5 Cf. for example, 1106bl–22 and 1109a20–29. Note in the latter passage the comparison with finding the centre of a circle, which is a better image than finding a midpoint (‘mean’) between just two opposing vices.

6 It is important to note that the only similarity I am claiming between the two cases is on this point. Giving up smoking, etc., is not constitutive of flourishing physically the way exercising the virtues is constitutive of flourishing as a human being, and there are other disanalogies too.

7 We might of course think of further alternatives—what for instance of the life of the entirely selfish but dedicated great artist? Aristotle does recognize an analogous alternative in Book 10. There he argues that the best life consists in intellectual activity (contemplation) not in the practical activity necessitated by the exercise of the (moral) virtues. And this apparently allows that, if I am to live well, I should not acquire and practise the virtues but acquire some other set of character traits which best armed me for becoming a successful contemplator. How this can be reconciled, if at all, with what has been said in the earlier books of the Ethics is a major problem in Aristotelian scholarship and raises questions that are interesting in their own right. Are there ways of flourishing which actually necessitate vice or must any flourishing human life resemble the fully virtuous one to some extent? (Cf. footnote 11 below.)

8 Phillips D. Z., ‘Does it Pay to be Good?’, Proc. Arist. Soc. n.s. 65 (19641965).

9 McDowell John, ‘The Role of Eudaimonia in Aristotle's Ethics’, reprinted in Essays on Aristotle's Ethics, Rorty Amelie (ed.) (California: University of California Press, 1980), 369370.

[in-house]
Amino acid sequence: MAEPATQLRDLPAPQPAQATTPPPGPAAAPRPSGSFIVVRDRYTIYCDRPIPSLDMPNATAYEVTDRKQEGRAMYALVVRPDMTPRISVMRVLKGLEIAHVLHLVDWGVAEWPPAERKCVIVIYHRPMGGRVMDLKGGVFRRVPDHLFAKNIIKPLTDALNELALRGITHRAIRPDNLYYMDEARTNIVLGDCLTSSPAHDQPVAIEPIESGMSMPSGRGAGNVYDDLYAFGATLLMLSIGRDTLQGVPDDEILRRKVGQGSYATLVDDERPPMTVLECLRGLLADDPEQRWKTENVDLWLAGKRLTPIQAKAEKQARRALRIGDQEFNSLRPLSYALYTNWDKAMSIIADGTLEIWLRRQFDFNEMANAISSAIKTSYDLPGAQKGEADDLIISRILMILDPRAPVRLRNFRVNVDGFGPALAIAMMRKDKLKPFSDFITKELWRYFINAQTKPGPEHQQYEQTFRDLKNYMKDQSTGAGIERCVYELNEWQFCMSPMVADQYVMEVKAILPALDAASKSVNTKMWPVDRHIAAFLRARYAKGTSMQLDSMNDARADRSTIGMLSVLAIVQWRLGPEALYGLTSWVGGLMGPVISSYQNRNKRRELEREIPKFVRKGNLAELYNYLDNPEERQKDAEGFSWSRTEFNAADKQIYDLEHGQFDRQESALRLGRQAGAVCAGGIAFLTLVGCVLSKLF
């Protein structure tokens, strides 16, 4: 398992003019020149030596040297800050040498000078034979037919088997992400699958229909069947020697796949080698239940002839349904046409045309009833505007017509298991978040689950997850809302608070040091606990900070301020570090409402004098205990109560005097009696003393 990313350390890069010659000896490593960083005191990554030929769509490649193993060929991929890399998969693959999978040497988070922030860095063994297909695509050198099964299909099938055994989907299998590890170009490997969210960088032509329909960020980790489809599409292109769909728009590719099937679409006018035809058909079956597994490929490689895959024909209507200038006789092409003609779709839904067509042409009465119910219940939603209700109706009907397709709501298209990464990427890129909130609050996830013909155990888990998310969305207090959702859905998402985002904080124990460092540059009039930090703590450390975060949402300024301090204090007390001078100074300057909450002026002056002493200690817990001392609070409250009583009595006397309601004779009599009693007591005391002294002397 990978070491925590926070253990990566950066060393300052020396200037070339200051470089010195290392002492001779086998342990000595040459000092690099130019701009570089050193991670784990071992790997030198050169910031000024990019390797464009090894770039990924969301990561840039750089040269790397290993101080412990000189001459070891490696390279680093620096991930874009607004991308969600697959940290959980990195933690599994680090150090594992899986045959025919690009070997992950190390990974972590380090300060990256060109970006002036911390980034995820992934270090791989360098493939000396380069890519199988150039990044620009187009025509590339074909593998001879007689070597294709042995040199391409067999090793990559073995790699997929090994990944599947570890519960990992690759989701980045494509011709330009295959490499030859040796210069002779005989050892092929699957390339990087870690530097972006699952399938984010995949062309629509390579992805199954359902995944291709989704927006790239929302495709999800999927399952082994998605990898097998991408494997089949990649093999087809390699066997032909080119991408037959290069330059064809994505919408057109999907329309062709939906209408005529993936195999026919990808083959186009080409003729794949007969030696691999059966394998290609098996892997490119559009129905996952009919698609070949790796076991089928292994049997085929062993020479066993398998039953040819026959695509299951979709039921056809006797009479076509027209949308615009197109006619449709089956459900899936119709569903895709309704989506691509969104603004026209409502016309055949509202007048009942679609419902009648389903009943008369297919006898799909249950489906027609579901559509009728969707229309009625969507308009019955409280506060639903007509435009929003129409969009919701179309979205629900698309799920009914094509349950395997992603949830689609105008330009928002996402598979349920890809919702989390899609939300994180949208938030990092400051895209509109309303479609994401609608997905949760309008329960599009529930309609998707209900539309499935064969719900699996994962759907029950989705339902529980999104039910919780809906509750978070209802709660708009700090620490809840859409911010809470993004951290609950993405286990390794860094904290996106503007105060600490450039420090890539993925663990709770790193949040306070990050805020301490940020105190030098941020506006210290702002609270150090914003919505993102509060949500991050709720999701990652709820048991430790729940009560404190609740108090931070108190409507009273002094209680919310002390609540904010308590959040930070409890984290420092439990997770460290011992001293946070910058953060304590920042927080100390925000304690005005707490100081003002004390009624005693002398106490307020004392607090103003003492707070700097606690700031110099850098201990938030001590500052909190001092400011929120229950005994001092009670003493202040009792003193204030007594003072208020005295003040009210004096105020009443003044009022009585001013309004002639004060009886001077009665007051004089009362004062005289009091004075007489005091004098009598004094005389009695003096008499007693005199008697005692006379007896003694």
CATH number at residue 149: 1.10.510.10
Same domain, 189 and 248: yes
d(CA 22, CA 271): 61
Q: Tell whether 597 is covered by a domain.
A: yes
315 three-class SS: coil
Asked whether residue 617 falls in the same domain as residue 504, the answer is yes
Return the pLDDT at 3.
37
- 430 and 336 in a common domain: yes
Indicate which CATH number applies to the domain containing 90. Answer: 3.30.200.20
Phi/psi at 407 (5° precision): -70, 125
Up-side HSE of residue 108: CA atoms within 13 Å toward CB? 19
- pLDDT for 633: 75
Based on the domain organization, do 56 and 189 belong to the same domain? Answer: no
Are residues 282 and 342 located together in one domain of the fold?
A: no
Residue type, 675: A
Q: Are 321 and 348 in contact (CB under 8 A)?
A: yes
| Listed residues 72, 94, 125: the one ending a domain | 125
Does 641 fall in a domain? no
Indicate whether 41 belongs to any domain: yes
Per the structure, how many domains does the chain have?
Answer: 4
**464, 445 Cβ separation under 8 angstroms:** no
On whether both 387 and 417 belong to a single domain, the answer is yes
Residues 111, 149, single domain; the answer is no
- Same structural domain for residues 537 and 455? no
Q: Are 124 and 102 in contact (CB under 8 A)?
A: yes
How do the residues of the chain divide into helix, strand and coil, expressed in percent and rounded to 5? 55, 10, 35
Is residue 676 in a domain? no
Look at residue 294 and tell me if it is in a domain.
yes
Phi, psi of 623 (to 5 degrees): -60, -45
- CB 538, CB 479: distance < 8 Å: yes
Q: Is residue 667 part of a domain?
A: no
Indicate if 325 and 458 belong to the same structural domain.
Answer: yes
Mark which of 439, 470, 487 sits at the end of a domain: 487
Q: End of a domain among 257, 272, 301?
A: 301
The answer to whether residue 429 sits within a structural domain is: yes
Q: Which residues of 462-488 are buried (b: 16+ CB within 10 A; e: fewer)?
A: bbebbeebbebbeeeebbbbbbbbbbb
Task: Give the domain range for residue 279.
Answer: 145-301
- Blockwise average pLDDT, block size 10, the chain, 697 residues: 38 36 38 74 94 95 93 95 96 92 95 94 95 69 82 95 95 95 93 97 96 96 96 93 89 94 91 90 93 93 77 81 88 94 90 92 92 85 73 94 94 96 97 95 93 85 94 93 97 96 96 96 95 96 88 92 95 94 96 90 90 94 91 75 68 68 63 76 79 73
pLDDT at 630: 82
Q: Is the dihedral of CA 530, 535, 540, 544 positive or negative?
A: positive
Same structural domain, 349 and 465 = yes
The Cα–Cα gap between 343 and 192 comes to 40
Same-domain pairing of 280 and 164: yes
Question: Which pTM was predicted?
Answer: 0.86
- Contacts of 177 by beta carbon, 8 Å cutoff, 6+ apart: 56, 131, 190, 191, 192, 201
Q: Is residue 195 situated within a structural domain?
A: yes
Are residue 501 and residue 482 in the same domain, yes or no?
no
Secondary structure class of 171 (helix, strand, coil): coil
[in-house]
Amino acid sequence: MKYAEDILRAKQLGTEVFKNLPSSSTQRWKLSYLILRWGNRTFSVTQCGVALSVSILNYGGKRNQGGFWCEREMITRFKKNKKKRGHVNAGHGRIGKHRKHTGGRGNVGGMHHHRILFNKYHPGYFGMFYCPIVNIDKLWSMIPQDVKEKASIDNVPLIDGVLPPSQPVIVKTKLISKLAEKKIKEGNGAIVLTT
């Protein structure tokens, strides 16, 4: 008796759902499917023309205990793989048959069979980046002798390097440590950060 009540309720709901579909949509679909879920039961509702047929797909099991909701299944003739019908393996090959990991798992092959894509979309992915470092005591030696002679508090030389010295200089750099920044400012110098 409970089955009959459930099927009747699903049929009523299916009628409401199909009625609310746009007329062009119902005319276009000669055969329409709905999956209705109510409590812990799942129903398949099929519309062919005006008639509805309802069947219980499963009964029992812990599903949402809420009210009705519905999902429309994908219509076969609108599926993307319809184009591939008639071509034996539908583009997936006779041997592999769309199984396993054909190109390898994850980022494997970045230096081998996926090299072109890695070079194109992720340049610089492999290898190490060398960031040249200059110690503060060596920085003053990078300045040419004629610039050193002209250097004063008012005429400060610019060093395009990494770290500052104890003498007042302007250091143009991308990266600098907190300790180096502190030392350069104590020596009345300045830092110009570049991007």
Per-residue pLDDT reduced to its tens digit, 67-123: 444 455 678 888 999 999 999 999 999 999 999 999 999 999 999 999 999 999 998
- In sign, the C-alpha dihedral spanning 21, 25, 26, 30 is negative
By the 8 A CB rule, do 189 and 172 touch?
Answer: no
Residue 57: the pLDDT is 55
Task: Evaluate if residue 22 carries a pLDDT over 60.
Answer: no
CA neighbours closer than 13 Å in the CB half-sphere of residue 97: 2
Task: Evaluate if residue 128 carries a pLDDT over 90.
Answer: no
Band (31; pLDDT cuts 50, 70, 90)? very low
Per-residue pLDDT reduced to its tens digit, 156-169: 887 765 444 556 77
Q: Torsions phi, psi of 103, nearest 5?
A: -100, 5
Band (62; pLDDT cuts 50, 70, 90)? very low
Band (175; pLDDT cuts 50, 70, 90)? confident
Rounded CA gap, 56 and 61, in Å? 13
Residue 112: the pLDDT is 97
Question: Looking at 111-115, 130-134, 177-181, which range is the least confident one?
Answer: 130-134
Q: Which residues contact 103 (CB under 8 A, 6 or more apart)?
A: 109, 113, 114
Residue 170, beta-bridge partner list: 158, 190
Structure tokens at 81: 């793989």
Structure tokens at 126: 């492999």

10 Aristotle explicitly acknowledges the existence of such cases in his section on ‘mixed’ actions (Book 3, ch. i). The characteristic of these is that what is chosen—say death or torture or the enduring of disgrace—is something that considered ‘in itself’ is not a good, not the sort of thing that anyone would go for. In so far as he takes something that he recognizes not to be a good but an evil the agent acts involuntarily and can be pitied.

11 Pending further specification of such people this is still a possibility; it is not obvious so far that what they should do is acquire and practise the vices. Cf. the question raised at the end of footnote 7 above.

1 I am grateful to Gavin Lawrence for his detailed and helpful criticism of an earlier draft of this paper and for much discussion on the topics discussed herein over the years. All references to the Nicomachean Ethics have been given in terms of the so-called ‘Bekker numbers’ which are standardly used for giving exact references to Aristotle's writings. They also enable one to identify a passage on the page of any good translation, for instance the current Penguin edition of the Ethics introduced by Jonathan Barnes.

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Royal Institute of Philosophy Supplements
  • ISSN: 1358-2461
  • EISSN: 1755-3555
  • URL: /core/journals/royal-institute-of-philosophy-supplements